I meant to include the Furutech NCF interconnects as part of a big XLR interconnect comparo that included Cardas and AudioQuest. Over time, I had to break the review up because a) I don’t like doing comparos in the first place and 2) comparing XLRs or any kind of cables is fraught with the possibility of screwing up the A/B protocols. No one’s been able to pass an blind A/B comparison on cables yet–isn’t that the narrative among skeptics?
After a few months of burning in and swapping and waiting for review amplification that actually had XLR inputs, I realized that the Furutech Lineflux NCF interconnects were languishing, relatively unused over the course of their stay. I stressed out a bit and tried to find a way to use these in my system…NOW.
Words and Photos by Marc Phillips
Furutech noticed, too, and they sent me a message asking if all was well. I mentioned some of the obstacles I had faced, and before I knew it I was offered the new Furutech PowerFlux NCF-18 power cords to replace a couple of the Furutech Powerflux power cords I’ve used consistently for the last decade. I sighed in relief–I no longer felt the need to scramble desperately for some XLR inputs, and power cords were definitely a product that I could install and use immediately.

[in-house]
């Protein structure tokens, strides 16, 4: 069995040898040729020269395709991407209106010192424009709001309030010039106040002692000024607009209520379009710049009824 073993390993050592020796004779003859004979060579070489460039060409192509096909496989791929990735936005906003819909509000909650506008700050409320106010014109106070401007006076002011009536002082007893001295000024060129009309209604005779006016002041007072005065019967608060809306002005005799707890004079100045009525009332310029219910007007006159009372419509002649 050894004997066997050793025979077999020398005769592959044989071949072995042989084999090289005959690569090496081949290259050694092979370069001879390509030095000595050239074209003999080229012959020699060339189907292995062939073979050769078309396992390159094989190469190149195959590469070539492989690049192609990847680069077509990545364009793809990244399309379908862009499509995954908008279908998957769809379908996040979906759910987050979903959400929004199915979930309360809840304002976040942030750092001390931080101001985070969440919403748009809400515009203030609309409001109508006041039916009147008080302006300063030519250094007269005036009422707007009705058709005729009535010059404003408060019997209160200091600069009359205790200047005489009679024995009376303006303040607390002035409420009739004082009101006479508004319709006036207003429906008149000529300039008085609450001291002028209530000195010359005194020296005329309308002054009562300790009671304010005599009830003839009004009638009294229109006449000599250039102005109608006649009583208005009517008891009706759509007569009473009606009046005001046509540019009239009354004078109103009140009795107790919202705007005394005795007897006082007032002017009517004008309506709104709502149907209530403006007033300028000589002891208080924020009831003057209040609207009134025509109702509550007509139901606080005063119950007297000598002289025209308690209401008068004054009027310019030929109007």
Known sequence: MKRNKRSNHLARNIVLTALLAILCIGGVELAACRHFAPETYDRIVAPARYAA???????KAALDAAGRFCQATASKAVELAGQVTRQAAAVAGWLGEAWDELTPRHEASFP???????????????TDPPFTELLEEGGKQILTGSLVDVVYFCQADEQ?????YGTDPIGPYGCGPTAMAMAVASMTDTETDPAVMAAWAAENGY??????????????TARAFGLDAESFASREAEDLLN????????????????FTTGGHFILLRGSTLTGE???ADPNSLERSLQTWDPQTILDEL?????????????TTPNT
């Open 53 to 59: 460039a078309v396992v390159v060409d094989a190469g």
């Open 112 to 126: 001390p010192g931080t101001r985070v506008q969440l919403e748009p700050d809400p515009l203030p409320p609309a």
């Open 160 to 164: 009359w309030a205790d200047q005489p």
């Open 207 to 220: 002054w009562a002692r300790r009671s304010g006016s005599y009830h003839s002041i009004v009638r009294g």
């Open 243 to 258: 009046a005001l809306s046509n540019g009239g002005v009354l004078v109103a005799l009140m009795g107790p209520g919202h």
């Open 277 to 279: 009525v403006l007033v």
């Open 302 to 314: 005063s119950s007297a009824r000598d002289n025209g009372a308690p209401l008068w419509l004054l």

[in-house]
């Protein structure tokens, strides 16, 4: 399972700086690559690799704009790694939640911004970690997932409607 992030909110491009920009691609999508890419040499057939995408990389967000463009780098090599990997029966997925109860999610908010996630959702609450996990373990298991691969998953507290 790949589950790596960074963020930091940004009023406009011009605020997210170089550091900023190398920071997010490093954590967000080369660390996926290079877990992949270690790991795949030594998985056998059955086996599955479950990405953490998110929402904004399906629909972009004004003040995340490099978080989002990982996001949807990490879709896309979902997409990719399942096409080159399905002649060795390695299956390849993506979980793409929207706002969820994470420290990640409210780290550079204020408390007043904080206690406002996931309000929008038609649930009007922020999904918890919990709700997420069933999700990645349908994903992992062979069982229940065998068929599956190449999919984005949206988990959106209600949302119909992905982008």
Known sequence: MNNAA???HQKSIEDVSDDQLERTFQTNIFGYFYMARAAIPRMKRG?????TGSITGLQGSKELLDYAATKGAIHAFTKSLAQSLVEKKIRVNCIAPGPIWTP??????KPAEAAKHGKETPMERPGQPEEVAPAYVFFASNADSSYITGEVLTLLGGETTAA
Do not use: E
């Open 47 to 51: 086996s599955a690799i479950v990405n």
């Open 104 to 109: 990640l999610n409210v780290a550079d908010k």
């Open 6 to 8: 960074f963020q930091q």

As the late Tom Sizemore said in Saving Private Ryan, “we’re definitely in business!”
What Is NCF?
If you’re not aware of Furutech’s NCF technology, however, it’s fairly simple. NCF stands for Nano Crystal² Formula, which is a compound the Japanese company developed a few years back. Furutech’s research showed that this crystalline material was able to “generate negative ions that eliminate static” and “converts thermal energy into far infrared.” Furthermore, NCF acts as an effective damping material.
I’ve been using Furutech’s NCF products for many years, starting with the original NCF Booster which is a cradle-type device that sits underneath your cables. Then I tried the NCF Booster Signal L cradles, which were a more affordable version of the Booster that could be used in greater numbers along the less critical mechanical and electrical junctions. (The original Booster is best used on the power cord that gets plugged into the AC outlet, and on each speaker cable–and perhaps one more at the power amp.)